Tuesday, February 5, 2013

Embracing Our Marshmallow Buddha

My laughing Buddha & Marshmallow Buddha stole

"Laughter is the language of the soul." - Pablo Neruda

It was my first day of seminary and I was wondering what in the world I had done with my life.  I had traded in my suit and briefcase from the corporate world for the blue jeans and backpacks of the Berkeley world. I had uprooted my family, jeopardized our financial well-being, and we were living at my mother-in-law’s while we looked for a place to live.  Why had I done all this?  Because I had been called to a new life. On that first day of school I wondered if the call had been to a wrong number.

In a fog of doubt and uncertainty I walked into my first class, “Minister, Ministry and Identity.” The class appealed to me because I figured it would help me figure out what kind of minister I might become.  My anxiety level increased when I saw that almost everyone in the class was in his or her third year of school.

The professor asked us to close our eyes and settle in for a guided meditation.  As I relaxed into my breathing, he invited us to imagine ourselves as ministers and picture what we would be doing.  At first no image came to me but soon a very clear picture became fixed in my mind.  It was not a picture I liked at all.  The picture I had of myself as a minister was that of the Stay Puff Marshmallow Man.

For those of you who may not remember the Stay Puff Marshmallow Man, he is a 35- foot tall marshmallow monster who terrorizes New York City in the movie Ghostbusters.  If you cannot picture what the Stay Puff Marshmallow man looks like, imagine the Pillsbury Dough Boy on steroids.  It is not a pretty picture, especially if it is the picture of a minister.

I began to sweat and tried hard to change the picture in my mind.  The harder I tried to change the image, the more pronounced each rippled marshmallow muscle became.  With all my psychic will and energy, I watched the Stay Puff man slowly transform into the rough image of a 35-foot marshmallow Buddha.  Before I could transform the picture into something more respectable, the professor brought us out of our meditation and asked us to share what we  had envisioned with the rest of the class.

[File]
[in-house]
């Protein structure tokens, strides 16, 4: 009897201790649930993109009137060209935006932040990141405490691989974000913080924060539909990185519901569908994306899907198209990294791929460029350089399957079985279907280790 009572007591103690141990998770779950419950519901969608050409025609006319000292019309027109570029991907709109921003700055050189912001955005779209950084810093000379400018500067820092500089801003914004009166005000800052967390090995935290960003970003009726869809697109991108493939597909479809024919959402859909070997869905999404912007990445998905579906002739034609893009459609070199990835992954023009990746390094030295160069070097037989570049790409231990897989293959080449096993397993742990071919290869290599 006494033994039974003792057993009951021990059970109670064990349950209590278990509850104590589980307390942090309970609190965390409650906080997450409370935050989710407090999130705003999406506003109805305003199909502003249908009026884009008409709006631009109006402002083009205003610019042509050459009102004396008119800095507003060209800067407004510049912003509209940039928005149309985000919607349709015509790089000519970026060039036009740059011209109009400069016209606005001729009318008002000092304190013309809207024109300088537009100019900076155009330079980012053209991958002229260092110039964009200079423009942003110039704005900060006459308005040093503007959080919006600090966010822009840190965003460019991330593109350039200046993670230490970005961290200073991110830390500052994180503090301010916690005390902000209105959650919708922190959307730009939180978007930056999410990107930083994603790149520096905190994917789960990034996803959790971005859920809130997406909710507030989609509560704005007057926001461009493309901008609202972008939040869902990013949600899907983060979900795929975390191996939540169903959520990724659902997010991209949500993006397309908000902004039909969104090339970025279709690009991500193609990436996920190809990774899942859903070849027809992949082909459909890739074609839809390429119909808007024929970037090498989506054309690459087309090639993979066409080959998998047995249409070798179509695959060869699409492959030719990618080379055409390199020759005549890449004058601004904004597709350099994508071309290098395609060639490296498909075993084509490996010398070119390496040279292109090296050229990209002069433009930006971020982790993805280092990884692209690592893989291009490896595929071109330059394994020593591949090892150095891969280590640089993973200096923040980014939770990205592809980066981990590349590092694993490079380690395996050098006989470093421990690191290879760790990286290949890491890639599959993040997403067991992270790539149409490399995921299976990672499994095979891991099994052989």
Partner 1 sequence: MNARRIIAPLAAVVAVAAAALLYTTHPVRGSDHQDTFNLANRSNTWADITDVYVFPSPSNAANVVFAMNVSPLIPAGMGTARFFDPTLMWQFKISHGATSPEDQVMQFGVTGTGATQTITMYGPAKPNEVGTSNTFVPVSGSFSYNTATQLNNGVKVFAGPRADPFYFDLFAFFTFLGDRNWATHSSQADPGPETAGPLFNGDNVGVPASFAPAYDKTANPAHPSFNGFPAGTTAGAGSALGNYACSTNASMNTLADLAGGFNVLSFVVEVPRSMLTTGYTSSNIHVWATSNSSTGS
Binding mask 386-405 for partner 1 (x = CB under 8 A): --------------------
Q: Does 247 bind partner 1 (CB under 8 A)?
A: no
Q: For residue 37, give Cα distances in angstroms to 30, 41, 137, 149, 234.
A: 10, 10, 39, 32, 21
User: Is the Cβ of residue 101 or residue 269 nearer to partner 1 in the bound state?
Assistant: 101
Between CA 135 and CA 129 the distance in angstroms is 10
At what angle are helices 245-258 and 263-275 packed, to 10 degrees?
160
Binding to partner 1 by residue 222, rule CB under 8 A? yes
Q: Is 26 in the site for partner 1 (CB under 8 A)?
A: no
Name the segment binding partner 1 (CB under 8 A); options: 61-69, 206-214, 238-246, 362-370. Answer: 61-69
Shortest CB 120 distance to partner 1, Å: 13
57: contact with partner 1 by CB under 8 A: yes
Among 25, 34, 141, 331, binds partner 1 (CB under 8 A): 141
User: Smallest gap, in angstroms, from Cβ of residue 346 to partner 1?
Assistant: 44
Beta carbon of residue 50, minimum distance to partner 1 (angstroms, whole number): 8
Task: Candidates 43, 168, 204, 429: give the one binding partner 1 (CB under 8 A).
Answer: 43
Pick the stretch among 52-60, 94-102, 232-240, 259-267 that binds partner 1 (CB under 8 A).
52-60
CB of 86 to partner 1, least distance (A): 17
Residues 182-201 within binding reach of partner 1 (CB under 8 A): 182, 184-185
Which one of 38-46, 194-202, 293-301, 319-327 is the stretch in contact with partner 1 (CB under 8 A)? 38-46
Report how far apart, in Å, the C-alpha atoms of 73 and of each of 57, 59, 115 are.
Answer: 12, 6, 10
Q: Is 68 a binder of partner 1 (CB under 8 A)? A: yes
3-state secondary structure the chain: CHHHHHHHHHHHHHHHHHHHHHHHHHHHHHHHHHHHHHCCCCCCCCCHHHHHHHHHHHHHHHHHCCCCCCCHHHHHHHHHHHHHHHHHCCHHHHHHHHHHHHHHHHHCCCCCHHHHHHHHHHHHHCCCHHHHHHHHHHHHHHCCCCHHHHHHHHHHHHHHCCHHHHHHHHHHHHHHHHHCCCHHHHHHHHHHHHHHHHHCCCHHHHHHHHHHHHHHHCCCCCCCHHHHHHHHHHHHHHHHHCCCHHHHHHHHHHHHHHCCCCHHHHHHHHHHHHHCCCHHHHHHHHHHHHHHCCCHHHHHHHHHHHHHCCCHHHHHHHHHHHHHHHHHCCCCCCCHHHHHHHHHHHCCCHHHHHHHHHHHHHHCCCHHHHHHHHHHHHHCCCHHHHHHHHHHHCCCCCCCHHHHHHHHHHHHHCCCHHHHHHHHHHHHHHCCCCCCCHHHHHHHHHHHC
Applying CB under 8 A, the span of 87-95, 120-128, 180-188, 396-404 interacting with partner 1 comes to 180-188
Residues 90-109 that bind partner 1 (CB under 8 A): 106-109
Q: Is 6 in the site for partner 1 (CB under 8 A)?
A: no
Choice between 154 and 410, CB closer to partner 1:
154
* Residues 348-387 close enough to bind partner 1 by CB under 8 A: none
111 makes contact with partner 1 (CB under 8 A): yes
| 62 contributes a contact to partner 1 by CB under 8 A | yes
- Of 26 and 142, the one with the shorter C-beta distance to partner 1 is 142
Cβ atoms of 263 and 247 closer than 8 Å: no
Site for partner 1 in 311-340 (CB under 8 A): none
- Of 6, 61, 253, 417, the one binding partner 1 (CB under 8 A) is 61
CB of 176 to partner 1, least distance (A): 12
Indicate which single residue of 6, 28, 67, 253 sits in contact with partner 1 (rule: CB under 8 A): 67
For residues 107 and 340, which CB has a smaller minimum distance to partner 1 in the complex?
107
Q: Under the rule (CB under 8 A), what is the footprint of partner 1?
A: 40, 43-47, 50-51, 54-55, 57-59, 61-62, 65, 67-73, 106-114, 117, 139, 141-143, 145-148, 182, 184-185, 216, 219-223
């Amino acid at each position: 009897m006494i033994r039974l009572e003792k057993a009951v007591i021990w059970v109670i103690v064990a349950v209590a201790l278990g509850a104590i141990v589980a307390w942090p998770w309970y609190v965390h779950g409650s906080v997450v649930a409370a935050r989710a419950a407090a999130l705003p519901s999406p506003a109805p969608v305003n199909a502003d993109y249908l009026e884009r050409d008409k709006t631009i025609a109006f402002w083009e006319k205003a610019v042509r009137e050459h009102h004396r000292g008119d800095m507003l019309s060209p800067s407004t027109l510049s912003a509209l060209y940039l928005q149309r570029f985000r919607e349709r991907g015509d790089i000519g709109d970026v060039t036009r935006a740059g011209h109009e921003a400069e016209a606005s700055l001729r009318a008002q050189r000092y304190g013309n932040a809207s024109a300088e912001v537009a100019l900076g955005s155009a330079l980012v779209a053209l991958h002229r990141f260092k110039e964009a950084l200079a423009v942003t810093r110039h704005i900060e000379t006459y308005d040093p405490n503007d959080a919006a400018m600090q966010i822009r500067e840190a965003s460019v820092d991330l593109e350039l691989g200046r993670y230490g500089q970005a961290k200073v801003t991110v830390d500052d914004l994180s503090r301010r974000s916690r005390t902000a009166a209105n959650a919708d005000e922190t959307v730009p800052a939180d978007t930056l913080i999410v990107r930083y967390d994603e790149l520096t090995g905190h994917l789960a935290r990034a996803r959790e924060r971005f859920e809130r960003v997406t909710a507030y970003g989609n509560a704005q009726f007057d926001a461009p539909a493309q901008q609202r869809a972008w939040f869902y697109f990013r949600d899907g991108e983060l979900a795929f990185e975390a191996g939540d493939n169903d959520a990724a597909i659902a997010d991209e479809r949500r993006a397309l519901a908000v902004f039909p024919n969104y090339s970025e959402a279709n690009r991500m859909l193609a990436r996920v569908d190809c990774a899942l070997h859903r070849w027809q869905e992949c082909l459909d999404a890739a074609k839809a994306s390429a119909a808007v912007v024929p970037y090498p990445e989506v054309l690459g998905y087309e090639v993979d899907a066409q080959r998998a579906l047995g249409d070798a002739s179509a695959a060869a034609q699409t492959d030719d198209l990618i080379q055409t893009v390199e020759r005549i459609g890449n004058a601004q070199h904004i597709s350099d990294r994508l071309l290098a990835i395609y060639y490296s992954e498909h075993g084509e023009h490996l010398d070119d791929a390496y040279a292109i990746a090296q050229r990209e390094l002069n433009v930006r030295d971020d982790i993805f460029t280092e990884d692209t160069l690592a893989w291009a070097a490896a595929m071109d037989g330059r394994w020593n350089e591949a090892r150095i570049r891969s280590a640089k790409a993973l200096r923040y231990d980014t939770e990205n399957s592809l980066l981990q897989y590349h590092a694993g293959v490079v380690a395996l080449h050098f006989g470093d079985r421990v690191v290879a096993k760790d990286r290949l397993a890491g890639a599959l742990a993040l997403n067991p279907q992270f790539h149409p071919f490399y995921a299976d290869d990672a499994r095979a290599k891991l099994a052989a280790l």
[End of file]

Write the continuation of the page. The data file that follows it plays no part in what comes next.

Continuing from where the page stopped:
I frantically wondered what I could say about my image that wouldn’t have me kicked out of school for being a fraud.  I sat on my hands when he asked for volunteers.  My sense of embarrassment and stress grew as I heard my classmates eloquently describe visions of people like Jesus, Mother Teresa and Martin Luther King, Jr.  People saw themselves serving food to the hungry, fighting social injustices, and offering love and healing to those in need.  The thought flashed in my mind that I should excuse myself and admit that I had made a big mistake about this ministry thing.

When it was my turn to share I decided to tell the truth and live with the consequences.  I recounted my meditative tale and said that I thought a marshmallow Buddha was actually a great image for my ministry because I was someone who believed humor was as important to the spiritual journey as any other spiritual practice.  And, I added, one of the main questions I brought with me to seminary was how, if at all, humor and laughter could be incorporated into religion and the serious profession of ministry.  My new colleagues were gentle, even supportive of my vision, and I learned an important lesson about ministry - and life - which I try to remember every day.  

Honesty and authenticity count.  A lot.  So do laughter and joy.  I keep the laughing Buddha on my altar and occasionally wear my marshmallow Buddha stole when I preach.  I often practice a laughing meditation which helps as well. All of these remind me of that first day in seminary and the most important thing we bring to ministry and calltrepreneurship - our whole selves.

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